The glycogen capacity of a cell is of finite size. Once this capacity is reached, excess glucose must undergo alternative metabolic fates. Insulin promotes flux of glucose through the glycolytic pathway (glucose → 2 pyruvate), in part through PP1 activation (see Figure 22-2a). As glycogenolysis is the reciprocal pathway to glycogenesis, gluconeogenesis (the synthesis of glucose) is the reciprocal pathway to glycolysis. Gluconeogenesis occurs primarily in the liver and to a lesser extent in the kidney. PP1 increases glycolytic flux in the liver through activation of phosphofructokinase (PFK; indirect effect through dephosphorylation of a bifunctional enzyme, resulting in increased intracellular levels of fructose 2,6-bisphosphate, an allosteric activator of PFK) and pyruvate kinase (PK; direct effect). Glycolytically derived pyruvate could potentially undergo 1 of 2 fates in the liver, namely, full oxidation (via the Krebs cycle and oxidative phosphorylation), entry into the fatty acid synthesis pathway, or both. However, humans on a Western diet, in which excess calories are more often a mixture of carbohydrate and fat, tend to use ingested carbohydrate as a fuel, while fatty acids are stored as triglyceride in adipose tissue. The latter is driven by insulin.

When blood glucose levels begin to decline (eg, during an overnight fast), so too does insulin secretion. By contrast, circulating levels of glucagon increase. The latter targets primarily hepatic glucose metabolism in humans, increasing glucose production and decreasing glucose utilization. On binding to its cell surface receptors, glucagon increases the activity of protein kinase A (PKA; Figure 22-2b). In turn, PKA stimulates net glycogen breakdown (glycogenolysis) through phosphorylation of phosphorylase kinase (increases activity) and glycogen synthase (decreases activity). The former phosphorylates and activates glycogen phosphorylase. PKA further antagonizes the effects of insulin through inactivation of PP1. PKA phosphorylates the glycogen binding subunit at specific serine residues, causing the release of PP1 from the glycogen particle. Once released, PP1 binds to inhibitor 1, thus further inactivating PP1 activity. This PP1-inhibitor 1 association is promoted by PKA-mediated phosphorylation of inhibitor 1. Gluconeogenesis is also stimulated by glucagon-induced PKA activation, through activation of fructose 1, 6-bisphosphatase (F1,6BisPase; indirect effect through phosphorylation of a bifunctional enzyme, resulting in decreased intracellular levels of fructose 2,6-bisphosphate, an allosteric inhibitor of F1,6BisPase) and pyruvate kinase (reverse of PP1 effects). Glycogenolysis- and gluconeogenesis-derived glucose is exported out of the liver to help maintain blood glucose levels.

Figure 22–2b.

Glucagon promotion of glycogenolysis and gluconeogenesis in the liver. Glucagon binding leads to the activation of protein kinase A, which activates glycogen phosphorylase and fructose-1,6-bisphosphatase, while inhibiting glycogen synthase, pyruvate kinase, and protein phosphatase 1. Fructose 1,6-bisphosphate = F1,6BisP, fructose 6-phosphate = F6P, glucose 1-phosphate = G1P, glucose 6-phosphate = G6P, glycogen phosphorylase = GP, glycogen synthase = GS, phosphoenolpyruvate = PEP, phosphofructokinase = PFK, pyruvate kinase = PK, PKA = protein kinase A, protein phosphatase 1 = PP1.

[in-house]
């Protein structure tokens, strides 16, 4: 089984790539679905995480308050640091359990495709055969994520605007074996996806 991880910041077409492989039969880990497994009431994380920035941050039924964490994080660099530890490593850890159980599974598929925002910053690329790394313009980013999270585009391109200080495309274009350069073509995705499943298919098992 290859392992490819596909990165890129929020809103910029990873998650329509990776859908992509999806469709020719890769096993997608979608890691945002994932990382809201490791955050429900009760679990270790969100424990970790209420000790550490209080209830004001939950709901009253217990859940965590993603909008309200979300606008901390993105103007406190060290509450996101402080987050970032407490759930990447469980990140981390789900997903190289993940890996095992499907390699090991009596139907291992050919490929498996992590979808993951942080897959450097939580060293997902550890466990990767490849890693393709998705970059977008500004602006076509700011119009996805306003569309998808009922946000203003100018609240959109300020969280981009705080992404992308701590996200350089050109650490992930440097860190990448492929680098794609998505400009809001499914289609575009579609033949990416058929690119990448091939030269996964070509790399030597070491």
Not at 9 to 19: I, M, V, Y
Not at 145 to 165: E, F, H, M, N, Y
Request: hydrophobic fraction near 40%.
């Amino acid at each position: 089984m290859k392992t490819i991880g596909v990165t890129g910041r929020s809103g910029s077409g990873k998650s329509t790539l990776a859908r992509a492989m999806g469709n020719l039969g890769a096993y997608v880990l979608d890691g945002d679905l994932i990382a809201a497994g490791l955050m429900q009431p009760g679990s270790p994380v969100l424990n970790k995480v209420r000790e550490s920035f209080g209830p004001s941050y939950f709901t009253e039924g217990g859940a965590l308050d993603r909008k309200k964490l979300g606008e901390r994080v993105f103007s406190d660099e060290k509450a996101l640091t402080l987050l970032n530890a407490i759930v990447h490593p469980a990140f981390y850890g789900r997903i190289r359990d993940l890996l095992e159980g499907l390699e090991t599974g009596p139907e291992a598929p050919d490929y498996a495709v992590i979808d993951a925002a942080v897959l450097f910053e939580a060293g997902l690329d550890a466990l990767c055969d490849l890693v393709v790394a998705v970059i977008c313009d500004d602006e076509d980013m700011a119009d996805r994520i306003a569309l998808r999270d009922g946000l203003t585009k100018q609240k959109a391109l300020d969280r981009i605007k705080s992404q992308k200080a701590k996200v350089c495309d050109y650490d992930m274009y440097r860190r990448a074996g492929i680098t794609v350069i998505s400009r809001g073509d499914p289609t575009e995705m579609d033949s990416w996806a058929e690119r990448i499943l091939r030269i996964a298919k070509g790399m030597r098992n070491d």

Abnormalities in the above described glucose homeostatic mechanisms arise during diabetes mellitus. 2 major forms of diabetes mellitus exist, insulin-dependent (type 1) and non–insulin-dependent (type 2) diabetes. Type 1 diabetes is caused by a severe lack or complete absence of insulin. Also known as early onset diabetes, this disease is often caused by an autoimmune destruction of pancreatic β-cells. In contrast, type 2 diabetes is caused by insulin resistance in the face of insulin insufficiency. Insulin resistance is defined as an inability to respond to a physiologic concentration of insulin. The pancreas initially compensates by producing more insulin. At this stage, the patient is described as glucose intolerant. As the disease progresses, the degree of insulin resistance often worsens. Type 2 diabetes occurs when insulin secretion is not sufficient to maintain normoglycemia. The disease is thus characterized by both hyperinsulinemia and hyperglycemia (Figure 22-3). The degree at which different organs develop insulin resistance is often not uniform. Skeletal muscle insulin-mediated glucose disposal (which is normally responsible for 60% of whole body glucose disposal) is generally more affected, followed next by insulin suppression of hepatic glucose output. The combination of decreased peripheral glucose utilization and increased hepatic glucose production (driven by hepatic insulin resistance as well as increased circulating glucagon levels in people with type 2 diabetes) together contribute to the hyperglycemia. Insulin signaling in adipose tissue appears least affected in people with type 2 diabetes. Hyperinsulinemia, in the face of hyperglycemia and dyslipidemia (often associated with type 2 diabetes), drives lipogenesis in adipose tissue and may therefore contribute to the obesity often associated with this disease.